IFPMA Statement for the resumed 73rd WHA on agenda item 13.2 WHO’s work in health emergencies
We are fully committed to the principles of global equitable access to COVID-19 medicines and vaccines
The biopharmaceutical –and pharmaceutical industries are committed to the principles of global equitable access to COVID-19 medicines and vaccines. Our global community is faced with an unprecedented health emergency that requires our collective expertise and partnership to find a solution to the COVID-19 pandemic. Today, scientists in the public and private sectors are jointly engaged to bring a swift end to COVID-19. The biopharmaceutical and pharmaceutical industries stand united with governments and global health stakeholders worldwide to combat the crisis, recognizing that cooperation and collaboration among all sectors of society is highly critical to meet this challenge. Both IFPMA and IGBA are founding partners of the Access to COVID-19 Tools (ACT) Accelerator, and are engaged in a multitude of initiatives to address the pandemic.
From day one of the crisis, biopharmaceutical and pharmaceutical companies have shown their commitment to business ethics and integrity as well as to using their resources, technologies and know-how to supply medicines by scaling up manufacturing output and to assessing their research pipelines and beginning the development of novel therapeutics and vaccines for COVID-19. In addition, while critical resources have been committed to address the pandemic, other equally important efforts continued for the benefit of patients globally beyond COVID-19. Notably, industry has worked to ensure the distribution of medicines and vaccines to address other critical conditions at a time of unprecedented demand surges and new logistical challenges.
We recognise the responsibility we have as an industry to bring our unique scientific, technical and manufacturing expertise to meet the increased demand for medicines; and to the discovery and development of affordable therapeutics and vaccines for COVID-19, We look to the principles of international solidarity to ensure others play their part in providing the enabling environment for us to do our job in the best way possible. An enabling environment must:
- Ensure trade barriers, including export restrictions, are lifted and unethical business conduct is eliminated, as they impact our ability to receive materials, including critical raw ingredients, APIs and medical devices for our own supply chains, and impede our ability to distribute our critically-needed finished products;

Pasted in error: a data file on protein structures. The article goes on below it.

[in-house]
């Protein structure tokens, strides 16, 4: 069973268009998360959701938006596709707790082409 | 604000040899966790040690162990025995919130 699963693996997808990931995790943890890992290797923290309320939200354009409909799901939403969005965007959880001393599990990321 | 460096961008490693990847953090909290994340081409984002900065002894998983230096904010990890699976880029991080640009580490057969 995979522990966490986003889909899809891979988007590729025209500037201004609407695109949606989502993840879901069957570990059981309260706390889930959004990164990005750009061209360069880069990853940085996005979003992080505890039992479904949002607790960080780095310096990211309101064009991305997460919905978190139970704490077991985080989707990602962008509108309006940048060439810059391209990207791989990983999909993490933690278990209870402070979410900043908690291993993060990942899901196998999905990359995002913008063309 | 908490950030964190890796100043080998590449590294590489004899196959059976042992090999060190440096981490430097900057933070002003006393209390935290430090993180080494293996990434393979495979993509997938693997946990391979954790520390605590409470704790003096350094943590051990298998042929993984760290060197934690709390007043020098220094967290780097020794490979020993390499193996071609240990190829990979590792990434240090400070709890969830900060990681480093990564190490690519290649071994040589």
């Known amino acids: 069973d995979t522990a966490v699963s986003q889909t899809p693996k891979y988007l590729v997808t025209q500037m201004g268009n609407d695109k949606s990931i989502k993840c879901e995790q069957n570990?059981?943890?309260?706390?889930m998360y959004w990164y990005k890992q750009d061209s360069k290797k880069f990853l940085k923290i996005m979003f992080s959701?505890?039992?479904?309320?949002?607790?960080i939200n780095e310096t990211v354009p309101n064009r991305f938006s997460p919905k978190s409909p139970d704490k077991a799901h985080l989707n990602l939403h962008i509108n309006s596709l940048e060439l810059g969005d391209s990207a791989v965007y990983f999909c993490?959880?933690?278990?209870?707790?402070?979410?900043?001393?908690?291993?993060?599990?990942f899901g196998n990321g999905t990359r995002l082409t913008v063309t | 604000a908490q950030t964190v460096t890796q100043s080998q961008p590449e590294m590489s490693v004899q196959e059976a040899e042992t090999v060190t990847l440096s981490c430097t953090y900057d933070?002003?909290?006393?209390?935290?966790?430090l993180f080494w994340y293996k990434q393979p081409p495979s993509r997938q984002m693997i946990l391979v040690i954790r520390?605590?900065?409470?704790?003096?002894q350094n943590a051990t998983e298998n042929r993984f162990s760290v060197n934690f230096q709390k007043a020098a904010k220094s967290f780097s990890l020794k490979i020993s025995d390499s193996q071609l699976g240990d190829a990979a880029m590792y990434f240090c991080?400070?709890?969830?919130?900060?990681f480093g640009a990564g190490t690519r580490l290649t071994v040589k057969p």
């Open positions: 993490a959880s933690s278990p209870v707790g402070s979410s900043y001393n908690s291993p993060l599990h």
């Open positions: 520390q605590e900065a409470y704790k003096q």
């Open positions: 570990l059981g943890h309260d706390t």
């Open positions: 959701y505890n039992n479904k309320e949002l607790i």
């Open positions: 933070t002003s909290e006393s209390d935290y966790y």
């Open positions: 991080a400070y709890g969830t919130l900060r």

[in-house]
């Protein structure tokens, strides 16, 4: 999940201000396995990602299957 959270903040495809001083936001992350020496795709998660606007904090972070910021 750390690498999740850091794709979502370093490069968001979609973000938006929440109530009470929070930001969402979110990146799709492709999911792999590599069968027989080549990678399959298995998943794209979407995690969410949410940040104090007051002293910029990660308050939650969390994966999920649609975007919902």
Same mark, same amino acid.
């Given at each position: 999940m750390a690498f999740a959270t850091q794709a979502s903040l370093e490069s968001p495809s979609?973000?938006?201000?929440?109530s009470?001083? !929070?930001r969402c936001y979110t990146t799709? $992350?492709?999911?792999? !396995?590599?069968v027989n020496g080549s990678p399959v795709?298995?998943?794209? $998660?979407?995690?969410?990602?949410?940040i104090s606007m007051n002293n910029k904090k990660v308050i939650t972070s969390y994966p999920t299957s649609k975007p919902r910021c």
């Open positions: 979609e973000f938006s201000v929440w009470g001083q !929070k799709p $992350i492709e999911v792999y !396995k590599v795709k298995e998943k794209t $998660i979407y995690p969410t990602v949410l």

- Ensure continued disease surveillance and open and rapid sharing of information;
- Facilitate rapid development of robust forecasting models and clear, coordinated demand planning to inform decisions on clinical development, scale-up, and right-sizing of manufacturing assets for diagnostics, therapeutics and vaccines;
- Establish, in collaboration with cross-sector initiatives such as ACT-A, risk-sharing models, including funding for manufacturing investments and advance purchase agreements, that recognize the uncertainty of the pandemic as the actual demand, geography, and epidemiology of the disease evolves over time;
- Encourage national regulatory agency alignment and collaboration across borders through good reliance practices that improve and expedite access to therapeutics and vaccines, whilst ensuring product quality, efficacy and safety and international manufacturing standards;
- Create opportunities for partnership between the private and public sectors across the spectrum of health issues that are critical to address the pandemic.
- Support an effective and balanced intellectual property framework, a key factor to enable R&D, accelerate manufacturing scale-up, and facilitate licensing for therapeutics and vaccines;
- Ensure equitable access for COVID -19 therapeutics and vaccines at global and national levels by supporting multilateral organizations and country leaders to align on allocation principles in line with WHO agreed principles.
Moving forward, we must ensure adequate resources are spent to build stronger, more resilient health systems that can cope with complex health challenges. We must minimise disruption to the provision of essential health services and the fight against priority diseases, working to ensure we do not undermine the significant progress we have made together on major health challenges such as NCDs, routine immunisation, and other infectious diseases.